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    Advocating For Our Friends The Cephalopods

    Picture depicts a brownish tan octopus with deep set eyes curled around a rock looking at the camera.

    While cephalopods are undoubtedly not the first species you think of when considering farmed animals, octopus (and squid and cuttlefish) farming is becoming a reality. Although they are not currently farmed to the extent of many farmed species, the development of cephalopod farms is a growing concern. We know it is highly unlikely you will be asked to take in a cephalopod resident. However, our friends, the cephalopods, need our help. While direct rescue and care aren’t generally possible, you and your sanctuary can bring awareness to the concerning “trend” of this exploitative practice. This brief resource is here to introduce you to the facts surrounding cephalopod farming and how you can use it to spread awareness among your community.

    Cephalopod Aquaculture 

    Cephalopods, namely octopuses and squids, have historically been fished by humans in increasing numbers over time, resulting in population decline. These species have also been farmed on a small scale in some places. Unfortunately, there is a looming threat on the horizon for cephalopods, industrialized farms that could result in millions of individuals being exploited for their flesh each year. Currently, a corporation is opening a large factory farm for octopuses in the Canary Islands and another for squids in Japan. A farm in Mexico is also working to make large-scale cephalopod aquaculture a reality. Earlier this year, a small farm in Hawaii that claimed to be a conservation center was closed when it came to light that zero research was being done. The octopuses were treated abysmally, resulting in mental and physical injury and even death.

    Before now, cephalopods hadn’t been farmed at such a larger scale, mainly due to a lack of a commercial diet and a high death rate, often due to cannibalism. Of course, that these individuals deserve a life free of exploitation is reason enough not to farm them. However, outside of a nonhuman animal rights framework, much of the scientific community is concerned about cephalopod farming. Here are some of those reasons:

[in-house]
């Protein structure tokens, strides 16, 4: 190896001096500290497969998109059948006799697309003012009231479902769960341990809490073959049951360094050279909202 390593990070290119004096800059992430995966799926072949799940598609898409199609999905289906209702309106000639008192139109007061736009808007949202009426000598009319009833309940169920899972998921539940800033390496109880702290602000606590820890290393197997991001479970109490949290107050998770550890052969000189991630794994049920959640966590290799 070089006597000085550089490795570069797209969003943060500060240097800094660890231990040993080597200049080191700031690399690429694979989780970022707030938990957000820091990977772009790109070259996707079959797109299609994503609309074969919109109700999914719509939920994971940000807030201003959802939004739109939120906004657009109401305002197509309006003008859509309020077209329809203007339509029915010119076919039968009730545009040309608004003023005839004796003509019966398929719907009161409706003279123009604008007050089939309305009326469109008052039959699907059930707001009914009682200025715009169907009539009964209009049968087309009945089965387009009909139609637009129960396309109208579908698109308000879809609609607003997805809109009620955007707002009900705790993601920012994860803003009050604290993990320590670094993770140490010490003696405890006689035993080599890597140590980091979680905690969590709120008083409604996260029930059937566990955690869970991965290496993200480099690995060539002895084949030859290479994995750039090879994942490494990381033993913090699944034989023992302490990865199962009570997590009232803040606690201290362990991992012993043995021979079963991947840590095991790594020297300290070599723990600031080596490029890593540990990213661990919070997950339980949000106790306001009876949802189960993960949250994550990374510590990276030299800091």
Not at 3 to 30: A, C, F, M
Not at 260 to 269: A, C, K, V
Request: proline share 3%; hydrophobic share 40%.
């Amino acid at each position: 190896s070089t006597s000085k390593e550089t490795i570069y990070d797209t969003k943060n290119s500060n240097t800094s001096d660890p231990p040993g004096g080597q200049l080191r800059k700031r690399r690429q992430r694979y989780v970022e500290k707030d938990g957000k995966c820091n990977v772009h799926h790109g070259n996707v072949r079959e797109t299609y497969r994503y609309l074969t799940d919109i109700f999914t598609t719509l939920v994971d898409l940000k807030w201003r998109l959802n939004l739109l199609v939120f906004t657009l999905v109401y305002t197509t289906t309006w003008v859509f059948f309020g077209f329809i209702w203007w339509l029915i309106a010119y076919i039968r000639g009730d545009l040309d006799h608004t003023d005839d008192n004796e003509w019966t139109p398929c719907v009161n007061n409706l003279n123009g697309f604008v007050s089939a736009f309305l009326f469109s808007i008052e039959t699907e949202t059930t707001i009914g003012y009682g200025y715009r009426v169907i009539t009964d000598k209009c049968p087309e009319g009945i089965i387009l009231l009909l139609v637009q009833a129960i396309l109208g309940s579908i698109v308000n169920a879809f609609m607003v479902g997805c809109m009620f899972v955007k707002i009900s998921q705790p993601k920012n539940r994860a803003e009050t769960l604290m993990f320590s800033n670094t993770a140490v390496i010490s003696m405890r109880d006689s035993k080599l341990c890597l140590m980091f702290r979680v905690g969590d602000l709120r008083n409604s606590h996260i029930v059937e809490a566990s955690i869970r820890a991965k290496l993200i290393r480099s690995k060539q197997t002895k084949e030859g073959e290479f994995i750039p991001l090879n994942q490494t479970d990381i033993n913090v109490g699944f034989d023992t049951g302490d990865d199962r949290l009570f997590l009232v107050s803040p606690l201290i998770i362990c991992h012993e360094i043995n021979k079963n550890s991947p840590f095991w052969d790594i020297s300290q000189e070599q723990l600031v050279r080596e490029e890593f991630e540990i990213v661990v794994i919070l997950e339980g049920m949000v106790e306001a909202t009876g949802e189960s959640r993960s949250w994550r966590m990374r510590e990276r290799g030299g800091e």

• Cephalopods’ carnivorous diets require capturing and exploiting other animals to feed them, which strains the already strained “fishing industry” they claim to protect.
    • Most octopuses are generally solitary, and squids and octopuses will cannibalize each other when living in cramped, overly populated spaces.
    • Cephalopods are sensitive to environmental changes, such as water quality.
    • Cephalopods pose a risk to wild species’ health and survival if disease spreads through shared water or waste or they escape, and octopuses are notorious for escaping confines in captivity.
    • The waste and byproducts of the industry would negatively affect whole ecosystems.
    • There is serious potential for public health concerns, such as cholera, which cephalopods can carry. The use of antibiotics to treat them for this could also result in antibiotic resistance.
    • Cephalopods have highly complex minds and require enriching environments that aren’t possible in industrialized aquaculture.
    • There is no formal employee training on handling, transporting, or caring for cephalopods.
    • Many experts agree that ensuring good welfare for cephalopods in an industrialized setting is impossible.

    What You Can Do

    We know it can be overwhelming to think of yet another species in danger of exploitation when caring for so many others. While offering sanctuary to cephalopods is not a possibility for most sanctuaries, there are ways in which your sanctuary can advocate for cephalopods and other nontraditionally farmed species. Advocacy for cephalopods can look a couple of ways for sanctuaries. Think digital advocacy, educational opportunities, and encouraging dietary changes. Let’s look a little further into these areas of advocacy:

    Digital Advocacy

    While bringing cephalopods into your sanctuary isn’t likely, you can still help raise awareness about cephalopods exploited through farming on your social media pages and website. Cephalopods are often overlooked when humans consider farmed animal species. This is partly because they have not been farmed on a large scale, but that is unfortunately on the horizon. You can help raise awareness about the growing industry of cephalopod farming and the many lives it affects and will affect in the future each year. Sending out a post, sharing a story, or having a section or page on your site dedicated to cephalopods can help humans learn about these amazing individuals and how they are yet another species being exploited. Share posts about their lives or even share our fun facts about cephalopods infographic for an upbeat post. This may not feel like a lot, but sharing information can lead to folks worldwide gaining awareness, which could create a powerful impact for humans regarding how they see and relate to cephalopods. It can help inspire change for the good. If you feel like this is a way your sanctuary could participate in advocating for cephalopods, check out our resource on social media for your animal sanctuary.